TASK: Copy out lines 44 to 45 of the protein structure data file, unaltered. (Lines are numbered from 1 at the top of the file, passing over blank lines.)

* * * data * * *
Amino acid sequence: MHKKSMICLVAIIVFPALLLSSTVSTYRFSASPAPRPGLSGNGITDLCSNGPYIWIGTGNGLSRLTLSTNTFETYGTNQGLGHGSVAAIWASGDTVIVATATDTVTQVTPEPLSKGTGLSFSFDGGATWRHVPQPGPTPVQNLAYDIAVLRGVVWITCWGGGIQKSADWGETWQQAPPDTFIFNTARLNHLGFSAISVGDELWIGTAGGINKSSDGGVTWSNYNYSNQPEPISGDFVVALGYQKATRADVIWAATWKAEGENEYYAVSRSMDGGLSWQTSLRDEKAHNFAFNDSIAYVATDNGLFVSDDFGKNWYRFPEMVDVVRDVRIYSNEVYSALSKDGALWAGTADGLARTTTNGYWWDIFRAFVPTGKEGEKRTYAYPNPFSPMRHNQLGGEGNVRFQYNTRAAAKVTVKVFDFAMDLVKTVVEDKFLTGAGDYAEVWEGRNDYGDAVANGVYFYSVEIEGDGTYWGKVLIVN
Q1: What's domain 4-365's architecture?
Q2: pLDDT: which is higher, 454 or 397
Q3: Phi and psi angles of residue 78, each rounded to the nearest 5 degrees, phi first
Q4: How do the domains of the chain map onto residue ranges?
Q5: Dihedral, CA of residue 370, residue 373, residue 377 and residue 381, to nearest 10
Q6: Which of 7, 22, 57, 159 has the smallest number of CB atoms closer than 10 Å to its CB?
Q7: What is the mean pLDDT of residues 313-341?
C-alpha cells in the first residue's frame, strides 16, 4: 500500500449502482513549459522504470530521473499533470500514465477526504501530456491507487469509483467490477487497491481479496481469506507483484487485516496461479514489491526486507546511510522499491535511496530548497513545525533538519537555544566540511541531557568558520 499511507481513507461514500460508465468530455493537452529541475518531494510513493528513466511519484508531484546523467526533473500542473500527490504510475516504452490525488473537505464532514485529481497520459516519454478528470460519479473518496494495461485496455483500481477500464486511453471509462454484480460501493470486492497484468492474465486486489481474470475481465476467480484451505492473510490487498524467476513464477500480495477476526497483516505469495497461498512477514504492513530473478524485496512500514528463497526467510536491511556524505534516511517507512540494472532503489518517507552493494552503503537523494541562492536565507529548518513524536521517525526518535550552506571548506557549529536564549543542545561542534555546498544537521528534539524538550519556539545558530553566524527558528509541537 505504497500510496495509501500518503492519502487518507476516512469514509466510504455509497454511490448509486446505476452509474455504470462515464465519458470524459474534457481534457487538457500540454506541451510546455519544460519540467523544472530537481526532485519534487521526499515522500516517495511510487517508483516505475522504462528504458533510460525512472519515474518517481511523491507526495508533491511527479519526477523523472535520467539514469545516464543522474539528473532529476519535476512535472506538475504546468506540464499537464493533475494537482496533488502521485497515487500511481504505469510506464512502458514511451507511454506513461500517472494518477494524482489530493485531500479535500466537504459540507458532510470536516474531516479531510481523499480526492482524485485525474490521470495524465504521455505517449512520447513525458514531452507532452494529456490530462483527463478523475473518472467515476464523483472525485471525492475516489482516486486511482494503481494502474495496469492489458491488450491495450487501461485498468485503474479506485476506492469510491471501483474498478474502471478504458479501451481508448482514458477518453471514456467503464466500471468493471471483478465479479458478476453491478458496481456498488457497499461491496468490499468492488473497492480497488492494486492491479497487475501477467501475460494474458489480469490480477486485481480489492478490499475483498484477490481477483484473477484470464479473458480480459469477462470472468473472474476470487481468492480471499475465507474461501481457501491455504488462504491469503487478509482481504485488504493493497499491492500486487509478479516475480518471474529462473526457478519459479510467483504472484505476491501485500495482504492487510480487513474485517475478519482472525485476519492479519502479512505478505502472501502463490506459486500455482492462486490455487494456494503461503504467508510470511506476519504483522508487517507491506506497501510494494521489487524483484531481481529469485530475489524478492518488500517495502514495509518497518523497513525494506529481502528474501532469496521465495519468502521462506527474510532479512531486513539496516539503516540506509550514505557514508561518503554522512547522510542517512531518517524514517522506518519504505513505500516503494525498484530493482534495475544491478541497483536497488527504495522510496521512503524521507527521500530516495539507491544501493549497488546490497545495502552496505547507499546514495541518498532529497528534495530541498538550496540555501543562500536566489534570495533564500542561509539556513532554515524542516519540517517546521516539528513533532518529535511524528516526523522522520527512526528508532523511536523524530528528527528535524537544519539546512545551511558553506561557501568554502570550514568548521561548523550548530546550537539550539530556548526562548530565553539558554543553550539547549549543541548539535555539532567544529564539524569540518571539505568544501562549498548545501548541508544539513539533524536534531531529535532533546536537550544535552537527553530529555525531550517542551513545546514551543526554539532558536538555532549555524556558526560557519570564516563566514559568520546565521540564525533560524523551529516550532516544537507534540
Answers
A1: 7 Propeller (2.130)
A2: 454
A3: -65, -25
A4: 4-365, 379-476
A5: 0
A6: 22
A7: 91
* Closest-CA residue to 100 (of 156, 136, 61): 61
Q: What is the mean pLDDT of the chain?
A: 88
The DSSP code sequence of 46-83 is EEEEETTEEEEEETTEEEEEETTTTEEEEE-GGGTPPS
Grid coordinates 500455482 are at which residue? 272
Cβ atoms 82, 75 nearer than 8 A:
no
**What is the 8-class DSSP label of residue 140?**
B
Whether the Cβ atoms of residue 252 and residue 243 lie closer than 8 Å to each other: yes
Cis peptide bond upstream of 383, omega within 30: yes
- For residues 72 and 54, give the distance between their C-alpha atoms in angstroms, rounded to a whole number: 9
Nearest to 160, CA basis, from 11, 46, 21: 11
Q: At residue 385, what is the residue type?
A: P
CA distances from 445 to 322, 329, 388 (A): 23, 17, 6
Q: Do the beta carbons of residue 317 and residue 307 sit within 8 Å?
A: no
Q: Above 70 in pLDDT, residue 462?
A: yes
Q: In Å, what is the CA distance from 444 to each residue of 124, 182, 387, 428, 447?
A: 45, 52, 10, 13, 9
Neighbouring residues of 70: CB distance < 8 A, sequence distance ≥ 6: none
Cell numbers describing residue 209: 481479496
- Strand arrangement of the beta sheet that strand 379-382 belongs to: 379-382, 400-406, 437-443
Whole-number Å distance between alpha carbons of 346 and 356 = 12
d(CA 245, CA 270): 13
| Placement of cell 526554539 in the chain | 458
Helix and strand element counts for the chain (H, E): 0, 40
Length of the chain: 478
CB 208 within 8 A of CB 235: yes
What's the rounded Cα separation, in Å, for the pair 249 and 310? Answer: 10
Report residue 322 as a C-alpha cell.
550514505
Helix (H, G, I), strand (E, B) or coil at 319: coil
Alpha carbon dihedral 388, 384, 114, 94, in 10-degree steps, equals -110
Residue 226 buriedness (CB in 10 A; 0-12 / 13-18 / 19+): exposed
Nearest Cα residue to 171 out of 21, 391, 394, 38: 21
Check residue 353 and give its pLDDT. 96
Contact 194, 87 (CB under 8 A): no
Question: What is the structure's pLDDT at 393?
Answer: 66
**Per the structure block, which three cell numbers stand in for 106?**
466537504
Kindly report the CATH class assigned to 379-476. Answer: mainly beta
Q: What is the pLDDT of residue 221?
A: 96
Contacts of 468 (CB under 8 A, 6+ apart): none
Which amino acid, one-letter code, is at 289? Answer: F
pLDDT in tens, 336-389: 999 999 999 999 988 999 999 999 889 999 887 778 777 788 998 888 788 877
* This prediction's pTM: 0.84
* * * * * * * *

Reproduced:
d(CA 245, CA 270): 13
| Placement of cell 526554539 in the chain | 458